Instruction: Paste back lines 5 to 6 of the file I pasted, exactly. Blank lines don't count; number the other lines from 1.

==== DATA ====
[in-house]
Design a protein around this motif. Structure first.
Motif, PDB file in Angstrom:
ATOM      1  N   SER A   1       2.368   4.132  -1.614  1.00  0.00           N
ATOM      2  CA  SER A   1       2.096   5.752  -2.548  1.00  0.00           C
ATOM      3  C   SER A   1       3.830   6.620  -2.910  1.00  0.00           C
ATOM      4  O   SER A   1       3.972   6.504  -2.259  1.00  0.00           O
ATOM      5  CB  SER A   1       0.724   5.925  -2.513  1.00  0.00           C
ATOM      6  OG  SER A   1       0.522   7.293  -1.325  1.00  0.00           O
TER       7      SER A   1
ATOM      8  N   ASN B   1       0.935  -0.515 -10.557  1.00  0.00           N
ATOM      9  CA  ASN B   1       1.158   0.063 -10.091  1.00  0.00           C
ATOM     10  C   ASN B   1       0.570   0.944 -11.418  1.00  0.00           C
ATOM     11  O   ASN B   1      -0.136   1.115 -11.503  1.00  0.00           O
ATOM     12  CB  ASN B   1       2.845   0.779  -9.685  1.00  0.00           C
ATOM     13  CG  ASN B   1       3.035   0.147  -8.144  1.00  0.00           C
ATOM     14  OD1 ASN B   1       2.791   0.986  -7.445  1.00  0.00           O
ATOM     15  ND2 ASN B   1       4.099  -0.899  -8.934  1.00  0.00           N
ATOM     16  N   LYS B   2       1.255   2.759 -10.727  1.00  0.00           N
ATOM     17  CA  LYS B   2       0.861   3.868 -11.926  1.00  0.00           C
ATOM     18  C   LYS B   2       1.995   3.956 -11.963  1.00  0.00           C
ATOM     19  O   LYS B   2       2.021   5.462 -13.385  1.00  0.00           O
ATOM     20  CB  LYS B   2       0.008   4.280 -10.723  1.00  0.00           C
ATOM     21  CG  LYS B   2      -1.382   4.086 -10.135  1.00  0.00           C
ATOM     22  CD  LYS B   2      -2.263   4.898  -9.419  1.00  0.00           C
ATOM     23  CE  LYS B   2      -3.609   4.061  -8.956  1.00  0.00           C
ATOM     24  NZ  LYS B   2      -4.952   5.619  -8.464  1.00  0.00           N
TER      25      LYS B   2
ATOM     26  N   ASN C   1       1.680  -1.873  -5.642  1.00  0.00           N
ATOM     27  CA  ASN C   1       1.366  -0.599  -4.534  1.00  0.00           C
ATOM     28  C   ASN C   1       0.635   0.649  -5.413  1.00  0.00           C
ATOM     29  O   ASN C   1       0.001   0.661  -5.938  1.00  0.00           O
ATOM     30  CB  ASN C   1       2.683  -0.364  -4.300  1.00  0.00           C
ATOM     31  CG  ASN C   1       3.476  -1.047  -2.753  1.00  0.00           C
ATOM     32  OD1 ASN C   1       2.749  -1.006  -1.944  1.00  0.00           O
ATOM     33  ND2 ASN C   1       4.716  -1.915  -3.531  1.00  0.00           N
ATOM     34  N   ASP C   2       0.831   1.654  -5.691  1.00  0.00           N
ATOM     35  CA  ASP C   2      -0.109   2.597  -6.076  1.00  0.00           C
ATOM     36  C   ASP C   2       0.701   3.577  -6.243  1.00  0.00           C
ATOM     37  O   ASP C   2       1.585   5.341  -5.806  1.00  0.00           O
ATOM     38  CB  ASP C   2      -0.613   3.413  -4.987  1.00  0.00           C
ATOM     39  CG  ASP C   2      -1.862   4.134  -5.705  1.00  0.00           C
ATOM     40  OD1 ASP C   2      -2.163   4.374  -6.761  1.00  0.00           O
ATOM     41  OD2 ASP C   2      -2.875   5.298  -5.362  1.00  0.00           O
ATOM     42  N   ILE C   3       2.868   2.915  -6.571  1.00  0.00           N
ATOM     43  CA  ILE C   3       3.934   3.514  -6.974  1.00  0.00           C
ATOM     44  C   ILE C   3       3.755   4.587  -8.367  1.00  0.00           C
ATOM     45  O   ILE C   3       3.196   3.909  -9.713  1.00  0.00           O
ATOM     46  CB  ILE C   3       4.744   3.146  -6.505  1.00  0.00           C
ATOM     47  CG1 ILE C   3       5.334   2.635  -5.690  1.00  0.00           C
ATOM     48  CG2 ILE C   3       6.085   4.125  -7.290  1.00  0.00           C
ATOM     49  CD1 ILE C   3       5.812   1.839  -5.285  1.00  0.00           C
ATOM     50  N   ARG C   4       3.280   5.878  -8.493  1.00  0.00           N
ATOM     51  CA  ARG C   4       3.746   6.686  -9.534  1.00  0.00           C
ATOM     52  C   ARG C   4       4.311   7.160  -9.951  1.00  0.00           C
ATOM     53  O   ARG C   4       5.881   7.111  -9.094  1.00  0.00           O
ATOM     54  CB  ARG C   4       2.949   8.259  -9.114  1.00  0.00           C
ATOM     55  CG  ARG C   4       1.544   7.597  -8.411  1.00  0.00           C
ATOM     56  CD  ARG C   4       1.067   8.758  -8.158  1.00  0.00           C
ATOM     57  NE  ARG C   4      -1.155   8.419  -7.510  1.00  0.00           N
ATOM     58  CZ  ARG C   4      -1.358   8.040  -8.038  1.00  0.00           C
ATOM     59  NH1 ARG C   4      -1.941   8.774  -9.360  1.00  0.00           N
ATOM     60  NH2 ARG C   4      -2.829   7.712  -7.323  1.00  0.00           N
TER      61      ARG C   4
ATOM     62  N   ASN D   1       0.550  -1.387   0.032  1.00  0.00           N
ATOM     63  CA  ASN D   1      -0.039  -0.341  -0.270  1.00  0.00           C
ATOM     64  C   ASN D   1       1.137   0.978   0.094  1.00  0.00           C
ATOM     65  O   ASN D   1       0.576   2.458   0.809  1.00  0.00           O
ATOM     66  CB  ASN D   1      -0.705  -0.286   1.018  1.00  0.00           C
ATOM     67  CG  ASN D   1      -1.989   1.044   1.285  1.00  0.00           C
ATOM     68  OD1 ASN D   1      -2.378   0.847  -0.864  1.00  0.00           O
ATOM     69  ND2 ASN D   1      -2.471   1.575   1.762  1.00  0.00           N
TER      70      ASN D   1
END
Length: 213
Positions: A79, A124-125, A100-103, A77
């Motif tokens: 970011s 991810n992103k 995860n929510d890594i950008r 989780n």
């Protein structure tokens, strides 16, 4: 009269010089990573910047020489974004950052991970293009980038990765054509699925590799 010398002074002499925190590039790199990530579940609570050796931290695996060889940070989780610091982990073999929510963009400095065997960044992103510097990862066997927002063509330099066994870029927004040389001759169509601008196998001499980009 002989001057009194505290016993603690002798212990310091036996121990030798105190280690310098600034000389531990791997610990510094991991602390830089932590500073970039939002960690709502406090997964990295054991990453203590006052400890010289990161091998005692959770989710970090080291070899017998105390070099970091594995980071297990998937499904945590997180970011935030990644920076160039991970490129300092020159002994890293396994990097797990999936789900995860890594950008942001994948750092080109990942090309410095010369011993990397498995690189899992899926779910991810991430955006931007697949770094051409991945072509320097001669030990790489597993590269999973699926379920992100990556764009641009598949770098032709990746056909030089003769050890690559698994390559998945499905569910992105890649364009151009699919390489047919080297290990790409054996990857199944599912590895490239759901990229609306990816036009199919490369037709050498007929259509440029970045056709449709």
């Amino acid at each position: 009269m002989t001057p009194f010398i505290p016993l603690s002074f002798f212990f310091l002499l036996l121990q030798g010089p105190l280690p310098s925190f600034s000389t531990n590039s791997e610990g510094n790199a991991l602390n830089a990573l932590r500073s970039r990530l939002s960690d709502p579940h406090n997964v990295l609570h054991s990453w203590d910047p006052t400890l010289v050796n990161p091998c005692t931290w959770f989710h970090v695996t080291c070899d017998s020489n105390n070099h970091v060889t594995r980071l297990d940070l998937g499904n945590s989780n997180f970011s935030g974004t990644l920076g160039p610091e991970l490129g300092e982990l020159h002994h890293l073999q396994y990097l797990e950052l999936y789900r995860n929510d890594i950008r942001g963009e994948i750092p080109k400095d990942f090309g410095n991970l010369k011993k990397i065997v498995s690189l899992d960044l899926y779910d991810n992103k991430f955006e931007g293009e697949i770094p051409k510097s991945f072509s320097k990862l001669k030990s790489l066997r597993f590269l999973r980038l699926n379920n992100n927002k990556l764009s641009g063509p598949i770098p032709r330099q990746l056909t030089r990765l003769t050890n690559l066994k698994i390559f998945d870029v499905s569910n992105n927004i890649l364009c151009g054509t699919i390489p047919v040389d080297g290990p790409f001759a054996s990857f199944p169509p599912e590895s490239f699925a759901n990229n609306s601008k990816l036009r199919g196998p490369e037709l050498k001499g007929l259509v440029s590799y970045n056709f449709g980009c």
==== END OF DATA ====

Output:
ATOM      2  CA  SER A   1       2.096   5.752  -2.548  1.00  0.00           C
ATOM      3  C   SER A   1       3.830   6.620  -2.910  1.00  0.00           C